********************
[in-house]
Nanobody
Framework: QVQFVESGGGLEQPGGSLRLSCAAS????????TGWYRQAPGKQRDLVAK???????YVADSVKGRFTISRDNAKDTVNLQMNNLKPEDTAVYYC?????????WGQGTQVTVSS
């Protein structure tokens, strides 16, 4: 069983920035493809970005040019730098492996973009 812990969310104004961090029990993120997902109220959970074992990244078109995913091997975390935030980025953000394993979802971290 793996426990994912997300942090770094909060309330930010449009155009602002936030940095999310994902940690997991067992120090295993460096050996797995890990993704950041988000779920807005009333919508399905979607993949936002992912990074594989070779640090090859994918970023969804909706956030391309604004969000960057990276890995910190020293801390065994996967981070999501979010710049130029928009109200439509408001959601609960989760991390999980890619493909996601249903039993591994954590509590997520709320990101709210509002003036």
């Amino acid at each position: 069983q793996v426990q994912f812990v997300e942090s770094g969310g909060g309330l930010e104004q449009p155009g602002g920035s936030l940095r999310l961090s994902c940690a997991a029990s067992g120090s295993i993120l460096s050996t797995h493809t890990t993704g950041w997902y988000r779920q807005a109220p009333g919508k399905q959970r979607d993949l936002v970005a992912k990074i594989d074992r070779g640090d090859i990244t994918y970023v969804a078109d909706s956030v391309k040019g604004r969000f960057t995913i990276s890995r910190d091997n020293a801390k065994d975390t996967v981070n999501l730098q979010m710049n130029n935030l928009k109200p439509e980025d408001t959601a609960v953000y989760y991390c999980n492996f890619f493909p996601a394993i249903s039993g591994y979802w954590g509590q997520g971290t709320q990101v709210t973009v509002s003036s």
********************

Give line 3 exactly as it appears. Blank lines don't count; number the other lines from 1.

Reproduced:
Framework: QVQFVESGGGLEQPGGSLRLSCAAS????????TGWYRQAPGKQRDLVAK???????YVADSVKGRFTISRDNAKDTVNLQMNNLKPEDTAVYYC?????????WGQGTQVTVSS